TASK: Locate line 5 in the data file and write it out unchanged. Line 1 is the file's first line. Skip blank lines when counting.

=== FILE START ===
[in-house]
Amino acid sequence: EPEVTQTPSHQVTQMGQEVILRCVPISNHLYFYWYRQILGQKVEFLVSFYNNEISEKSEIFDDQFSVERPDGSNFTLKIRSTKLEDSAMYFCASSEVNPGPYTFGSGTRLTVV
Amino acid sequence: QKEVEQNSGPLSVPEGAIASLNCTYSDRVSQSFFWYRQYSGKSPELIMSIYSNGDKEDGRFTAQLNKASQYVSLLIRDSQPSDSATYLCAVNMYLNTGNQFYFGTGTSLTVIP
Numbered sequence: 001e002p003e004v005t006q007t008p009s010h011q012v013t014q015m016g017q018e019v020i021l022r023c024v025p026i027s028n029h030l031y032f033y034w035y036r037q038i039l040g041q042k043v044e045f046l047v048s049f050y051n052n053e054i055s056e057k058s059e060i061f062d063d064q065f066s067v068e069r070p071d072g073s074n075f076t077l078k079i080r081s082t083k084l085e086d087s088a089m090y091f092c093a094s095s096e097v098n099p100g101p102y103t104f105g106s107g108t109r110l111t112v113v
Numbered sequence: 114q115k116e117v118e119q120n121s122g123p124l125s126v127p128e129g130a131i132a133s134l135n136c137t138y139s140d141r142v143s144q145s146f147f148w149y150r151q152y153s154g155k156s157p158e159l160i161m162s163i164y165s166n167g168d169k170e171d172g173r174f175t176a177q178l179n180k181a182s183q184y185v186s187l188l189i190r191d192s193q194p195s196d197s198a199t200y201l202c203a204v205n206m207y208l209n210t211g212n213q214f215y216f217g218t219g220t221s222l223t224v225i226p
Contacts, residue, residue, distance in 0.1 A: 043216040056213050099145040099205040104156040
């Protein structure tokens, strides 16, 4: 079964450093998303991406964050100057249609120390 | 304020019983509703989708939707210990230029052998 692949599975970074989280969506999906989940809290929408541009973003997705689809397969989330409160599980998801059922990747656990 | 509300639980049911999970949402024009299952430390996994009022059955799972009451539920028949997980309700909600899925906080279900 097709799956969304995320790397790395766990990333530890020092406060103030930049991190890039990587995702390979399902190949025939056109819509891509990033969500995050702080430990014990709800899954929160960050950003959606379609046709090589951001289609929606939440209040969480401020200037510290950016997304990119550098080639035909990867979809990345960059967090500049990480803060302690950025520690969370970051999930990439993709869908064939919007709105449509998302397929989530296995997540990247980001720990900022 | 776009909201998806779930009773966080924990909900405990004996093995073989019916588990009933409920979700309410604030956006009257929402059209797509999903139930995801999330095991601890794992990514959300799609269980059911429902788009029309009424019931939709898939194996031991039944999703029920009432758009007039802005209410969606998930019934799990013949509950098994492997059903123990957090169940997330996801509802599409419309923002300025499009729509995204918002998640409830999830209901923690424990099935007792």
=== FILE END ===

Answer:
Numbered sequence: 114q115k116e117v118e119q120n121s122g123p124l125s126v127p128e129g130a131i132a133s134l135n136c137t138y139s140d141r142v143s144q145s146f147f148w149y150r151q152y153s154g155k156s157p158e159l160i161m162s163i164y165s166n167g168d169k170e171d172g173r174f175t176a177q178l179n180k181a182s183q184y185v186s187l188l189i190r191d192s193q194p195s196d197s198a199t200y201l202c203a204v205n206m207y208l209n210t211g212n213q214f215y216f217g218t219g220t221s222l223t224v225i226p